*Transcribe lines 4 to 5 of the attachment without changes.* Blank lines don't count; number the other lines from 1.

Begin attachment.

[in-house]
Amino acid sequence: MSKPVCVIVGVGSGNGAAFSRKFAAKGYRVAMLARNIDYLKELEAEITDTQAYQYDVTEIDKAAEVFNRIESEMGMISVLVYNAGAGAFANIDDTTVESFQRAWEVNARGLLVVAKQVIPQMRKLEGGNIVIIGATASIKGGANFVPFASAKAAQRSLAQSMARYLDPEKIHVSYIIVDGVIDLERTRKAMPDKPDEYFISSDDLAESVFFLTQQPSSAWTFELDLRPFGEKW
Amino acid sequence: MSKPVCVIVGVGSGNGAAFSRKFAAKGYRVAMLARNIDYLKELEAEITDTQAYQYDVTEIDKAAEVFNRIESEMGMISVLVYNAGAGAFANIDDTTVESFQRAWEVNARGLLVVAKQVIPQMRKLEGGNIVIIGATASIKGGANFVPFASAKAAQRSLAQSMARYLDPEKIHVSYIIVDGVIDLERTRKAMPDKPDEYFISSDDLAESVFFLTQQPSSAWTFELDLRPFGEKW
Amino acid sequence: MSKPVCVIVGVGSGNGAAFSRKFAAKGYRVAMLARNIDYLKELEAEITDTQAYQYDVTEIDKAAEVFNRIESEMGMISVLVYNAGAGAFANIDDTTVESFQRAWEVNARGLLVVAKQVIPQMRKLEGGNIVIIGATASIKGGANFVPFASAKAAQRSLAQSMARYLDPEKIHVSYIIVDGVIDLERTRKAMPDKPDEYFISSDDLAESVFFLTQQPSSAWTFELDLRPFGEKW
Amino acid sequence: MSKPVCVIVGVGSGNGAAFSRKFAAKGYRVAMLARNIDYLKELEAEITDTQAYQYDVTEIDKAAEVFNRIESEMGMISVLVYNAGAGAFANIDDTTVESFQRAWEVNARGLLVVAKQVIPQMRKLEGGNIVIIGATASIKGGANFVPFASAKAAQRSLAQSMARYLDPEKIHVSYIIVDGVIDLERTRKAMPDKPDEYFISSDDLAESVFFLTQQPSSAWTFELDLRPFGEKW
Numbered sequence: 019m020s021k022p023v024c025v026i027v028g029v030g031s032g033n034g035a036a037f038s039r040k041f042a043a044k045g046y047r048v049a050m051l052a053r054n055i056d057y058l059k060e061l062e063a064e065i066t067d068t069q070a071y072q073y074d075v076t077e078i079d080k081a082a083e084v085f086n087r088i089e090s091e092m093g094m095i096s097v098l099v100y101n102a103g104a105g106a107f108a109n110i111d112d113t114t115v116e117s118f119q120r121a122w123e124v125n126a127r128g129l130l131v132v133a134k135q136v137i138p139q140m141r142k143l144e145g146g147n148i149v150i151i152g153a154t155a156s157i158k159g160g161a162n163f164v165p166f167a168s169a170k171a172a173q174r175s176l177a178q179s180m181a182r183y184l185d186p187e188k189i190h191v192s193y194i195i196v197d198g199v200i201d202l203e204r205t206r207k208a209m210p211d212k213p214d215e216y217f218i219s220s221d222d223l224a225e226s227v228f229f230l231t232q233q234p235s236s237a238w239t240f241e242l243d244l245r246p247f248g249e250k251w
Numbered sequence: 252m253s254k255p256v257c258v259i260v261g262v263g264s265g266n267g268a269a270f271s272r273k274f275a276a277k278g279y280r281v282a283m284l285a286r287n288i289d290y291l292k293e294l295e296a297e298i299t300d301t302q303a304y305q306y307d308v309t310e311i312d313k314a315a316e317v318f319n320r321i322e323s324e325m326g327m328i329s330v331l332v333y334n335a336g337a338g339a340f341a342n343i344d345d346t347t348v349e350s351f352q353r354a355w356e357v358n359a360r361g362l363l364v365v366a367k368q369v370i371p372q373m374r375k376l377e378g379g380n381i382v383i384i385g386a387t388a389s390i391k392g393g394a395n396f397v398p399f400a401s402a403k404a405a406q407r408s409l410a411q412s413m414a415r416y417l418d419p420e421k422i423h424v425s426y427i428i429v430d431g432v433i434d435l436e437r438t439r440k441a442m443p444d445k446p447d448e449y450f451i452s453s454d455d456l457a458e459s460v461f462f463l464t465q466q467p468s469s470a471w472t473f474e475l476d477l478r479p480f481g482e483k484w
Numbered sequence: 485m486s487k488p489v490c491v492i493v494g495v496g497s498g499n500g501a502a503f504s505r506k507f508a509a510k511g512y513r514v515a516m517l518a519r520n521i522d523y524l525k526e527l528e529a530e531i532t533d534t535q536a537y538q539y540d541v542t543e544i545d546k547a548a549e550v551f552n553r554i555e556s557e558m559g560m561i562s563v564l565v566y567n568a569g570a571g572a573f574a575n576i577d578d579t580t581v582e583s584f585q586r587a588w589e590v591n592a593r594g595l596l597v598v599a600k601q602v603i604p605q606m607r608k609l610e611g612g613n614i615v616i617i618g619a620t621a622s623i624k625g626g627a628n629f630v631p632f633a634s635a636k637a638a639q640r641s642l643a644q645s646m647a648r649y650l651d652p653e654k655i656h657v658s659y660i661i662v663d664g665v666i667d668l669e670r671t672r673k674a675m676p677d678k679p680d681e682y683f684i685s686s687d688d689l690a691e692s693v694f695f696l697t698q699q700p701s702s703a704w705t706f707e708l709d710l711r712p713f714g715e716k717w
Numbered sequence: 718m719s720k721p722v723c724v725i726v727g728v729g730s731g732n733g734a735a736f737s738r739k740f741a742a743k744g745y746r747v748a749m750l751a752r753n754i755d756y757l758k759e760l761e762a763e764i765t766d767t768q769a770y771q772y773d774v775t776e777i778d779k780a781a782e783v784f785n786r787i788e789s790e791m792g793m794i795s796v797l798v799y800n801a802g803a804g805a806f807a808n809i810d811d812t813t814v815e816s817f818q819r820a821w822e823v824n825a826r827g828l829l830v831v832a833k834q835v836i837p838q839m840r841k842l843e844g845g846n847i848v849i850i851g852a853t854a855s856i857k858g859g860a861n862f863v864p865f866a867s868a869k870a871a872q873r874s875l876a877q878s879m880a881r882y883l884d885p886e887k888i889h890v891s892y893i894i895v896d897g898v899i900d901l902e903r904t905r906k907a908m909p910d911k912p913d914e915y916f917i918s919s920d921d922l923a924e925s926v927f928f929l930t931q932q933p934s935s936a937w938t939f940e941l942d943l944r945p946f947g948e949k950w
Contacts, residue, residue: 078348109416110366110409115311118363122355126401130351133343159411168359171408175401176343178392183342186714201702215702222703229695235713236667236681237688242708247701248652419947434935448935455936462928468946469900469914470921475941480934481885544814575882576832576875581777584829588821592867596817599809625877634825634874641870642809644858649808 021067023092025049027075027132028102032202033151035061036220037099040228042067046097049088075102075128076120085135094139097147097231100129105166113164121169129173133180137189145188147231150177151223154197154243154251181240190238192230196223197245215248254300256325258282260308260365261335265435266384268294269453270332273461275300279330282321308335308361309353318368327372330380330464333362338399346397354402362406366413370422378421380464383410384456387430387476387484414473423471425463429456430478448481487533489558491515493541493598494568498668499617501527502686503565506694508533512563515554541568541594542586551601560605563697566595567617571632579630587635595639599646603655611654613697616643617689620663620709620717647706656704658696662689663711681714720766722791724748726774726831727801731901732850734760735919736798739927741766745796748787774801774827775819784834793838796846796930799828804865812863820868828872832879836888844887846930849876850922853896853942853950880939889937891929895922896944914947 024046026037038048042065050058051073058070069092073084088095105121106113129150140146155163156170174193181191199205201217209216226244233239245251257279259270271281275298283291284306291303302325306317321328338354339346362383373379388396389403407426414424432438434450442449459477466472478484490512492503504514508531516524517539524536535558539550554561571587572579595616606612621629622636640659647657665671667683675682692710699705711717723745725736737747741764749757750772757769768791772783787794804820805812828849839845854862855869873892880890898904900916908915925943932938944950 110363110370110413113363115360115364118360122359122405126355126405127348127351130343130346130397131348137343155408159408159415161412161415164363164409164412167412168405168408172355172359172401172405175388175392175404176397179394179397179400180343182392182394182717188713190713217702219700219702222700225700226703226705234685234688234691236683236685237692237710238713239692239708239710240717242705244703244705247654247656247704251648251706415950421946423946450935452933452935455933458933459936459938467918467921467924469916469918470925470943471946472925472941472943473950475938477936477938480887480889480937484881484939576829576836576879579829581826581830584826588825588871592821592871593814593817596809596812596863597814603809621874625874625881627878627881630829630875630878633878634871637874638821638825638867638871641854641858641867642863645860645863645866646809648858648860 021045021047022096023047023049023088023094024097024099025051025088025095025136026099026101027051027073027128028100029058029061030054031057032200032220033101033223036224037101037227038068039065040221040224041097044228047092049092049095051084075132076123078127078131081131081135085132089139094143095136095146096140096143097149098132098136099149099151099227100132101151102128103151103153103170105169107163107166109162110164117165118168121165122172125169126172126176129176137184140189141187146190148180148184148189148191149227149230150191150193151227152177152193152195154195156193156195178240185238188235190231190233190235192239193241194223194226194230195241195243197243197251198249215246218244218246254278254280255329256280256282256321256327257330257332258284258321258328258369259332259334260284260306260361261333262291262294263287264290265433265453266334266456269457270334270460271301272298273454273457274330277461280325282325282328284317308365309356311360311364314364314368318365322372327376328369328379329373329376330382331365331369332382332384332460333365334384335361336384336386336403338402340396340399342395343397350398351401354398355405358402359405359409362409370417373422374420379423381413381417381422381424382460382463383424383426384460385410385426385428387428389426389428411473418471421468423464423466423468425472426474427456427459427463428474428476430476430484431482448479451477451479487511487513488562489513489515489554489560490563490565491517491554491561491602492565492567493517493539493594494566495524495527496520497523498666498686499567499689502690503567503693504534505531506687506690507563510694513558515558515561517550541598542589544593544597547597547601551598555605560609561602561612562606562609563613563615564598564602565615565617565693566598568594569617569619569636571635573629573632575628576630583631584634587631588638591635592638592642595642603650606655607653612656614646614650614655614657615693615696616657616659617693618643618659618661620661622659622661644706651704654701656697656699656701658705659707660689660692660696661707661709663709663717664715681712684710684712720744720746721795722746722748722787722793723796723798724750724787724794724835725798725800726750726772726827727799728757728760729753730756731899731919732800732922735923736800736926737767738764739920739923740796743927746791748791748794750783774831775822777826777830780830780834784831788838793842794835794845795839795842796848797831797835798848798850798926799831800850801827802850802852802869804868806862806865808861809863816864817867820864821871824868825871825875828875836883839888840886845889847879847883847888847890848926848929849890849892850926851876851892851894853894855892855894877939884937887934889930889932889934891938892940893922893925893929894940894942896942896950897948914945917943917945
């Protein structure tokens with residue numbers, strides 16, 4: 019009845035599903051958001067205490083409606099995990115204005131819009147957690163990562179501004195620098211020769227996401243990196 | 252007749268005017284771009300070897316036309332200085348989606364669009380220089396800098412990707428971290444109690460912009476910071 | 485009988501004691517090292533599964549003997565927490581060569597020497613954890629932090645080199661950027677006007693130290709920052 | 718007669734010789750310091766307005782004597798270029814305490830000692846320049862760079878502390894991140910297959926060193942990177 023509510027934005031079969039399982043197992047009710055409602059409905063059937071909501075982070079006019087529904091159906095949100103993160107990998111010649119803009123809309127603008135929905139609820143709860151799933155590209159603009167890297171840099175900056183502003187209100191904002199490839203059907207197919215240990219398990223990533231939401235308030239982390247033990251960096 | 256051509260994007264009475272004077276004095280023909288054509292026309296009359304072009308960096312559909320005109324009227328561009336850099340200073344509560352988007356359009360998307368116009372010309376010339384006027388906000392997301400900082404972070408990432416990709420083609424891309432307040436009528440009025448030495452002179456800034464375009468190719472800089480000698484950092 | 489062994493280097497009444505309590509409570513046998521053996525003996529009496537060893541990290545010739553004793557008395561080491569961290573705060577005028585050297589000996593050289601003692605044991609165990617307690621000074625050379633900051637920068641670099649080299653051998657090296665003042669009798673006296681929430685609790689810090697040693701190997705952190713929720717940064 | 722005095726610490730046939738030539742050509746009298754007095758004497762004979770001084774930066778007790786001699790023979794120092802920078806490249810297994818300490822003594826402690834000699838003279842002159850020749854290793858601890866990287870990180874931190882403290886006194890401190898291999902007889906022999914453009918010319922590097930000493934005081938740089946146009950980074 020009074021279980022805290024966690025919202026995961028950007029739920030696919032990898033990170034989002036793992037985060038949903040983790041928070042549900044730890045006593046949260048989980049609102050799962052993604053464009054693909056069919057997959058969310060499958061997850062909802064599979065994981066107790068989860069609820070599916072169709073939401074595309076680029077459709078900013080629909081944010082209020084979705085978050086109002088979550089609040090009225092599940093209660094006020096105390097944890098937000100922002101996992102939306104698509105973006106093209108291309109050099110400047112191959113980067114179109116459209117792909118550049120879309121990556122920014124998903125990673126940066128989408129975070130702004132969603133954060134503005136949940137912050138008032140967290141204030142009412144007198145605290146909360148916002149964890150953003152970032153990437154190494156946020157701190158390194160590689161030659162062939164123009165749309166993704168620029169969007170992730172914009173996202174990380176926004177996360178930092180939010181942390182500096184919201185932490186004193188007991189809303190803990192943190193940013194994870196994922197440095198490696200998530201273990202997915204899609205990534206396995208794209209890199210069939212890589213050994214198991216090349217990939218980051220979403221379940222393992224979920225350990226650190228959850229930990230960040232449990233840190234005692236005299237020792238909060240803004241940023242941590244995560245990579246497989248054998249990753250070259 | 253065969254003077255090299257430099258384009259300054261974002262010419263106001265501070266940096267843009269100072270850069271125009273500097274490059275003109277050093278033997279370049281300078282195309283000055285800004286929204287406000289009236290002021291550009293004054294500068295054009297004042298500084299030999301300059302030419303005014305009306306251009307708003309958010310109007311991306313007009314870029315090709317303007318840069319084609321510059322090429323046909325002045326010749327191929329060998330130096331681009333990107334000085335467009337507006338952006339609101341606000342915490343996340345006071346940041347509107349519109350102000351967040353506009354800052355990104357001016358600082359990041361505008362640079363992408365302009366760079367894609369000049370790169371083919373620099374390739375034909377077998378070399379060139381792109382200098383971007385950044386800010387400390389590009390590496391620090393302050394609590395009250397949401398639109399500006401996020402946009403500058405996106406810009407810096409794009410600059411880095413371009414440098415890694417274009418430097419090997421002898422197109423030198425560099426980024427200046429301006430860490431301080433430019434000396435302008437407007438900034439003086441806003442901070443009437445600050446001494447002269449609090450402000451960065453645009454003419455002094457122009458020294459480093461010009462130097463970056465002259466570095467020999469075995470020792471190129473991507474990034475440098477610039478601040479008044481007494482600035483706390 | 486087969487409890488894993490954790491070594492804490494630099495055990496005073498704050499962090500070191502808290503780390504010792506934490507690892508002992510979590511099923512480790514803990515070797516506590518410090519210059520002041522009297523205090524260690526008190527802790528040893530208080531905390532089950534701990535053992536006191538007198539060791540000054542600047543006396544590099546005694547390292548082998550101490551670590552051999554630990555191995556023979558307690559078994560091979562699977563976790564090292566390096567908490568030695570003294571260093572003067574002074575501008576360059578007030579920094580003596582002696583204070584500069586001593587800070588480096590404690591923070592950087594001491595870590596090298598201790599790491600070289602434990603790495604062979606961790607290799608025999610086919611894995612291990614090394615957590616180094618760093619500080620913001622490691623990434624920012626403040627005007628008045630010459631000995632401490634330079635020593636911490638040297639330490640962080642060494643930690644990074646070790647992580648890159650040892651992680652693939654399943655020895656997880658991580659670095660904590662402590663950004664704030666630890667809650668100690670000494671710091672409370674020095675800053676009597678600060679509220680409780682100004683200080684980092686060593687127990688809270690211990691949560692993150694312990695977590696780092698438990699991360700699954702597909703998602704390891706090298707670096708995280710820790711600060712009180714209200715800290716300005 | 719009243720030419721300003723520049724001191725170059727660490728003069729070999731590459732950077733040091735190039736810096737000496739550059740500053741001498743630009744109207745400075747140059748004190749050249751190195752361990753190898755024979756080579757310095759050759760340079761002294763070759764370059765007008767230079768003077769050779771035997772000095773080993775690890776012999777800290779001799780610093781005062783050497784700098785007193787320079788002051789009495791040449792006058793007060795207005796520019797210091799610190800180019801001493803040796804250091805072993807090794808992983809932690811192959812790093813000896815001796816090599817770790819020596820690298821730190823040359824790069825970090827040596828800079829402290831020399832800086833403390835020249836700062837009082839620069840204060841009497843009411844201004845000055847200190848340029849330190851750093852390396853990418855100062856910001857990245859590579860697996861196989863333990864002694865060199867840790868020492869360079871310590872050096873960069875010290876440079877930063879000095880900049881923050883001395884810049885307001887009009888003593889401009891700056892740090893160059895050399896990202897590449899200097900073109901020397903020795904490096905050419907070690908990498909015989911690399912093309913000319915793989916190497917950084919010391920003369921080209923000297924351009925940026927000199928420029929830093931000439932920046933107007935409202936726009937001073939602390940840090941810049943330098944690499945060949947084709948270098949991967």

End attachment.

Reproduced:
Amino acid sequence: MSKPVCVIVGVGSGNGAAFSRKFAAKGYRVAMLARNIDYLKELEAEITDTQAYQYDVTEIDKAAEVFNRIESEMGMISVLVYNAGAGAFANIDDTTVESFQRAWEVNARGLLVVAKQVIPQMRKLEGGNIVIIGATASIKGGANFVPFASAKAAQRSLAQSMARYLDPEKIHVSYIIVDGVIDLERTRKAMPDKPDEYFISSDDLAESVFFLTQQPSSAWTFELDLRPFGEKW
Amino acid sequence: MSKPVCVIVGVGSGNGAAFSRKFAAKGYRVAMLARNIDYLKELEAEITDTQAYQYDVTEIDKAAEVFNRIESEMGMISVLVYNAGAGAFANIDDTTVESFQRAWEVNARGLLVVAKQVIPQMRKLEGGNIVIIGATASIKGGANFVPFASAKAAQRSLAQSMARYLDPEKIHVSYIIVDGVIDLERTRKAMPDKPDEYFISSDDLAESVFFLTQQPSSAWTFELDLRPFGEKW